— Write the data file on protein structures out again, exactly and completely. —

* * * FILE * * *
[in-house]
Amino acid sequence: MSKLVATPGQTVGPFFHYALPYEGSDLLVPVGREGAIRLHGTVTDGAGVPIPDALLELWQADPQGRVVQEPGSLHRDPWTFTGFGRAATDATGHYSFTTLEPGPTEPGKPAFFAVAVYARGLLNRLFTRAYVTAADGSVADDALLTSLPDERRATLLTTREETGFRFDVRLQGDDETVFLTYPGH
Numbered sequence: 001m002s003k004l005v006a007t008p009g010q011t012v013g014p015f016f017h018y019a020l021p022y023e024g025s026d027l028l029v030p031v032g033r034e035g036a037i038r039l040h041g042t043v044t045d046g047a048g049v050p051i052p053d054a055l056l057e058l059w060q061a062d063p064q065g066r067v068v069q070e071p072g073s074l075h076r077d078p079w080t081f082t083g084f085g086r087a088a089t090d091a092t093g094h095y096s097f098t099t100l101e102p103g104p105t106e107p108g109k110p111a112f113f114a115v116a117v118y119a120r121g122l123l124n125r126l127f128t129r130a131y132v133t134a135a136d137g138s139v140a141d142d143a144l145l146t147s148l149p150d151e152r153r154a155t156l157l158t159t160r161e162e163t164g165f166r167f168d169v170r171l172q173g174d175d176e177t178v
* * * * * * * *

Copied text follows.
[in-house]
Amino acid sequence: MSKLVATPGQTVGPFFHYALPYEGSDLLVPVGREGAIRLHGTVTDGAGVPIPDALLELWQADPQGRVVQEPGSLHRDPWTFTGFGRAATDATGHYSFTTLEPGPTEPGKPAFFAVAVYARGLLNRLFTRAYVTAADGSVADDALLTSLPDERRATLLTTREETGFRFDVRLQGDDETVFLTYPGH
Numbered sequence: 001m002s003k004l005v006a007t008p009g010q011t012v013g014p015f016f017h018y019a020l021p022y023e024g025s026d027l028l029v030p031v032g033r034e035g036a037i038r039l040h041g042t043v044t045d046g047a048g049v050p051i052p053d054a055l056l057e058l059w060q061a062d063p064q065g066r067v068v069q070e071p072g073s074l075h076r077d078p079w080t081f082t083g084f085g086r087a088a089t090d091a092t093g094h095y096s097f098t099t100l101e102p103g104p105t106e107p108g109k110p111a112f113f114a115v116a117v118y119a120r121g122l123l124n125r126l127f128t129r130a131y132v133t134a135a136d137g138s139v140a141d142d143a144l145l146t147s148l149p150d151e152r153r154a155t156l157l158t159t160r161e162e163t164g165f166r167f168d169v170r171l172q173g174d175d176e177t178v